Colin Hogg: Fireworks heat up dreary debates

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Just as it's all feeling like listening to paint dry, Collins' exit hands interviewers something to get their teeth into.
Corin Dann had little luck attempting to spice up a finance debate between National's Bill English and Labour's David Parker.
Corin Dann had little luck attempting to spice up a finance debate between National's Bill English and Labour's David Parker.

'We'll be with you backly in a short moment," the political editor babbled to a country looking for answers as our election campaign turns madder by the moment and the questions pile up.

It was poor Corin Dann on Sunday's Q+A (TV One, 9am) who briefly lost his words on national television. He'd just endured 20 minutes trying to make something frisky out of a debate on finance between National's Bill English and Labour's David Parker.

It was like listening to paint dry and, perhaps rattled by his failure, Dann briefly lost the plot going into the ad break.

Though it's hard to imagine how anyone could lose the plot, given that New Zealand politics seems nothing but plot and counter-plot at the moment - with television lapping it up like calves at a bottomless trough. And meantime such minor matters as policy and trust are trampled in the confusion.

Though, on the shallow and satisfying side of things, there's no getting away from the fact that suddenly politics has an entertainment factor it previously painfully lacked. Elections used to be boring. Perhaps as a result, there was a huge audience for last Thursday's primetime debate on TV One between Prime Minister John Key and would-be PM David Cunliffe, though it was hardly a fireworks display.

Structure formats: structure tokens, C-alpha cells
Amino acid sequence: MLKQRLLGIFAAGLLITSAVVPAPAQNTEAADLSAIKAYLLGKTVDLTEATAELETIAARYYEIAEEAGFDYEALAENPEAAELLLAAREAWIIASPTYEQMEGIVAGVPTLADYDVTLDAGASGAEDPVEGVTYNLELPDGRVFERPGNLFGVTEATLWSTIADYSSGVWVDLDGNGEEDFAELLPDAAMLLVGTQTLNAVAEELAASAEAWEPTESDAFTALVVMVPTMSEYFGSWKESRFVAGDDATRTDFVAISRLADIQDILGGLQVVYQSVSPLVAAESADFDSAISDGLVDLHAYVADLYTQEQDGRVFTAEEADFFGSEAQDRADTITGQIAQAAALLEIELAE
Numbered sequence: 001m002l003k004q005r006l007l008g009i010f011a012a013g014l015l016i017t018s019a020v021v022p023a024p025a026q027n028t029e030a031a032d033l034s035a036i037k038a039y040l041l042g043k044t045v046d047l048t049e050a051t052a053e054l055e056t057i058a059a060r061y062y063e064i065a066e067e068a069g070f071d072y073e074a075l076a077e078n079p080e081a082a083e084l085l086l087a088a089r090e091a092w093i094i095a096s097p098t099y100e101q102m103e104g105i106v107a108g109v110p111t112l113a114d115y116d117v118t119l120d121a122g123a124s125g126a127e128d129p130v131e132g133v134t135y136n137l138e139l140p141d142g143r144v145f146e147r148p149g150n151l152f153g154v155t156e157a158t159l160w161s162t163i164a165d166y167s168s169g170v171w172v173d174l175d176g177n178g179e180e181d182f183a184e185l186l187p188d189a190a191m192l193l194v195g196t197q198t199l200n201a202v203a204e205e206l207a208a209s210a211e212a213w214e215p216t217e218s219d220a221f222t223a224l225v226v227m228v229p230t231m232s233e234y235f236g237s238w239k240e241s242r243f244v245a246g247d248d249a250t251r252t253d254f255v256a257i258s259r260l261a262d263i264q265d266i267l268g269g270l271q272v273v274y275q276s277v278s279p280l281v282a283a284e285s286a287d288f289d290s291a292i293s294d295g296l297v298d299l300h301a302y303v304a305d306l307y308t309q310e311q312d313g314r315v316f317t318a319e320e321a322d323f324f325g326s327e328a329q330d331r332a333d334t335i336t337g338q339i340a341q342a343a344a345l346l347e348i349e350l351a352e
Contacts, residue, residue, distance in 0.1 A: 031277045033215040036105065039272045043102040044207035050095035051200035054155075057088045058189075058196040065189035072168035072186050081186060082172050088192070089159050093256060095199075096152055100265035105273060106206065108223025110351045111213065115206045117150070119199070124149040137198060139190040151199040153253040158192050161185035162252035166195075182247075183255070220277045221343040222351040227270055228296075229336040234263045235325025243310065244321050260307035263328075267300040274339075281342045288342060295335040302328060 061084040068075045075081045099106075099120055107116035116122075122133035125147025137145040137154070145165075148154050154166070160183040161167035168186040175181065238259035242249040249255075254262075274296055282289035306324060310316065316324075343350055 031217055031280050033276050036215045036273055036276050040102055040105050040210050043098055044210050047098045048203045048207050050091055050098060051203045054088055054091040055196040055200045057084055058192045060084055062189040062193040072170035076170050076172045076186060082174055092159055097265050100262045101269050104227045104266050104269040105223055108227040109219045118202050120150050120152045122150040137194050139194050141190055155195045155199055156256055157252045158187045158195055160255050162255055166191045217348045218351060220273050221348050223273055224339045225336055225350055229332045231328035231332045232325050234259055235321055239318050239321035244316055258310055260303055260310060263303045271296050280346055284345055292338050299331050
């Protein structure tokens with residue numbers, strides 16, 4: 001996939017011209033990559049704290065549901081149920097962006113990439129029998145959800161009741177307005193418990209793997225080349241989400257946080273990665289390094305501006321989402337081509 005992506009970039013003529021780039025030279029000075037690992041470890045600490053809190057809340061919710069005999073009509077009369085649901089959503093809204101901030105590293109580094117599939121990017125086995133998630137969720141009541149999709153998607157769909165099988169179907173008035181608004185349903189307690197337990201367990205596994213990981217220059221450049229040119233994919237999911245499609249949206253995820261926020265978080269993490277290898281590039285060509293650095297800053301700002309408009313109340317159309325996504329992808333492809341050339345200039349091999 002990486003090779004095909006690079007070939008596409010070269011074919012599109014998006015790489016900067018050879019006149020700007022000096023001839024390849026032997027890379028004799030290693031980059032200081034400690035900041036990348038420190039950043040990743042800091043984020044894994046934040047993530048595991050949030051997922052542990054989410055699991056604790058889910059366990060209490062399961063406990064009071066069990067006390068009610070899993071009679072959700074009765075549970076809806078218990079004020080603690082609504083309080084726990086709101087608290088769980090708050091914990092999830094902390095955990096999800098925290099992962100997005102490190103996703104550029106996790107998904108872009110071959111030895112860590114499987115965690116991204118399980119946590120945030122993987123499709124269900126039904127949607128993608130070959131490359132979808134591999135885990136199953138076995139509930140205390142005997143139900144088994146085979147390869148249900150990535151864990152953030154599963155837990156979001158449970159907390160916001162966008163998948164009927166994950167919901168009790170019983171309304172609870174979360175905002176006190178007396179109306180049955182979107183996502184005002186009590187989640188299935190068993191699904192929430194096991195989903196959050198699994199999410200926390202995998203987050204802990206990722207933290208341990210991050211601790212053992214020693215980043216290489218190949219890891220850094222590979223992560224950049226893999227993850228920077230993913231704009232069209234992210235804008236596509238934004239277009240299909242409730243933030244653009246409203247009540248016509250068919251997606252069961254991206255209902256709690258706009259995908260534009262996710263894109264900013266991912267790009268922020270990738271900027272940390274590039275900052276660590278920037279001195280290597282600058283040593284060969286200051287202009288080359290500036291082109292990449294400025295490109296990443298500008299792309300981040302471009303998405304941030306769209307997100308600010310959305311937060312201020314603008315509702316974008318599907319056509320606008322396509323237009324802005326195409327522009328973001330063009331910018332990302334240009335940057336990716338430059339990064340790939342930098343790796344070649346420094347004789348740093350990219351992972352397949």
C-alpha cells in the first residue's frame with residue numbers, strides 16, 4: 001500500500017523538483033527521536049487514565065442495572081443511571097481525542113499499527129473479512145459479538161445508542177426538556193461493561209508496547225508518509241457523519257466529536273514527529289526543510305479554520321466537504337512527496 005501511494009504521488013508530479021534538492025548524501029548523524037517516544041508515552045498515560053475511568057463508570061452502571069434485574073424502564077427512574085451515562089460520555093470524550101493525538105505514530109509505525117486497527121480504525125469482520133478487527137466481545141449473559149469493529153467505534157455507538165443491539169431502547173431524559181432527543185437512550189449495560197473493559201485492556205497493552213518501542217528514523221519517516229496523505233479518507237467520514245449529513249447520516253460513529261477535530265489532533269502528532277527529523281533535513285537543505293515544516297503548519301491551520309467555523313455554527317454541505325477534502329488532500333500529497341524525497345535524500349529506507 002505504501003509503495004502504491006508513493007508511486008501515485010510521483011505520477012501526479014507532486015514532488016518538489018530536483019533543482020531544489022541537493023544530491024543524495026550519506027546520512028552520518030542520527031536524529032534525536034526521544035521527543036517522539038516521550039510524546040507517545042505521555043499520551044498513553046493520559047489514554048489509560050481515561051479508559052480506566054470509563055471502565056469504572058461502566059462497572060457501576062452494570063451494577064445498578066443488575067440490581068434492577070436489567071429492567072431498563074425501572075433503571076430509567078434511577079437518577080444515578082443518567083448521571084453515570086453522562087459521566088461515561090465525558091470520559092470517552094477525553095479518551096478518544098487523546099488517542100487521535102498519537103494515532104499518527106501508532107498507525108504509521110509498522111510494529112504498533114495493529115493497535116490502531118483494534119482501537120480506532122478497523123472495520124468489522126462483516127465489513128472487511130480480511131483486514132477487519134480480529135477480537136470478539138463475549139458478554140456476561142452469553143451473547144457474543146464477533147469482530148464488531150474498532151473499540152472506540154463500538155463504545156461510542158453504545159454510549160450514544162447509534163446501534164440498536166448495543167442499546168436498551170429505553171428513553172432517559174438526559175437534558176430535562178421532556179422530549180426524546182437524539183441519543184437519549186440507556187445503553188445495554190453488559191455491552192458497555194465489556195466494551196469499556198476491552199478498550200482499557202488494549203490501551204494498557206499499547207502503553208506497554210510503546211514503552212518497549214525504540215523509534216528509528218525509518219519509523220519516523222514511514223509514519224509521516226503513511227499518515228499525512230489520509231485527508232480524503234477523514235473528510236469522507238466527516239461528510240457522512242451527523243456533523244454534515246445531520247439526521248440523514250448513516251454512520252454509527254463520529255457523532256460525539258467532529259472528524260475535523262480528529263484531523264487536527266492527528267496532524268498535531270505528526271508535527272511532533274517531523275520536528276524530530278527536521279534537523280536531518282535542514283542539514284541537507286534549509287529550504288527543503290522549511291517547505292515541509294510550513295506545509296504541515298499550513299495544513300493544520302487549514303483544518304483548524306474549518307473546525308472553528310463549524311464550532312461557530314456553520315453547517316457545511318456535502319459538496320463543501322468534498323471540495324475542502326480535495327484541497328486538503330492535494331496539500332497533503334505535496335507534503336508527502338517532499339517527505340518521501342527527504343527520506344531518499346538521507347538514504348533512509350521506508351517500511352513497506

The fireworks came, of course, over the weekend with the resignation of Justice Minister Judith Collins only an hour or two after TV3 aired its Saturday morning political show The Nation, rendering most of its fevered speculations redundant.

Though the show did also feature an engaging interview with Conservative Party leader Colin Craig, looking like a teenager and often sounding like one with his sudden enthusiasms.

The show's featured bout was between the National and Labour housing heavyweights, Nick Smith and Phil Twyford. No major blows were landed, though Twyford did keep touching Smith on the arm and shoulder, which seemed, well, strange.

But Twyford was terribly excited to be there. So excited, in fact, he made the usually overheated Smith appear calm by comparison.

Unsurprisingly, on Q+A the next morning everything was slightly overheated and the Collins resignation the hot topic. With Collins not returning calls and the PM and the big bad blogger Cameron Slater both refusing invitations to appear on the show, it was English who had to face the fire, though he deflected much of Dann's questioning.

Finally, they got to the planned debate on money matters between English and Parker, the latter obviously recently skilled up for the task, furiously eyeballing the camera and on the attack like never before. But Parker's bark is more jack russell than rottweiler and English shrugged much of it off, smiling like he knew the truth.

In search of the truth, and taking up the rest of Sunday's Q+A, there was a super-sized panel of experts to examine the entrails of all the ongoing awfulness.

And it turned suddenly interesting when one of them - Matthew Hooton, the one "from the right" - seemed so involved in the current scandals he was grilled by presenter Susan Wood and left looking barely capable of any credible comment.

Though aren't we tiring, anyway, of the fashion for commentators from the right and left when what we deserve are commentators from the middle?

They're called journalists.

- NZ Herald

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